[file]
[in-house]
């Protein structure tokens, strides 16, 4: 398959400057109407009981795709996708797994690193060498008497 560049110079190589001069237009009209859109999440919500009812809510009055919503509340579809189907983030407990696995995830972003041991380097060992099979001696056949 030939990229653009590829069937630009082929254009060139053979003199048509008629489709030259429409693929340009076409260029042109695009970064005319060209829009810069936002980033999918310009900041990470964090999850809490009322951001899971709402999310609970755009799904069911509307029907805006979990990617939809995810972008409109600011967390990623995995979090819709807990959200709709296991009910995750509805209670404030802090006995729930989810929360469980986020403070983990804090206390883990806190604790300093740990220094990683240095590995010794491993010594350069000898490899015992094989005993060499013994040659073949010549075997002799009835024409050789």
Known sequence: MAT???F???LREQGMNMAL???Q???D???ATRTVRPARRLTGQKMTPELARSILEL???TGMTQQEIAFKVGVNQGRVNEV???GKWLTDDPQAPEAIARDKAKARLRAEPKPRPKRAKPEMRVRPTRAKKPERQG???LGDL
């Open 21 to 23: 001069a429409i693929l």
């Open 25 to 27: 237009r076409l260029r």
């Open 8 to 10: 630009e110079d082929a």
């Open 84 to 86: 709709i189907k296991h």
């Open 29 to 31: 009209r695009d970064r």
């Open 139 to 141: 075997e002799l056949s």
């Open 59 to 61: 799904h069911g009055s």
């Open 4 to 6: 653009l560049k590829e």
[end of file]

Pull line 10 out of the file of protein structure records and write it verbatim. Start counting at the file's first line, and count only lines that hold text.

């Open 59 to 61: 799904h069911g009055s």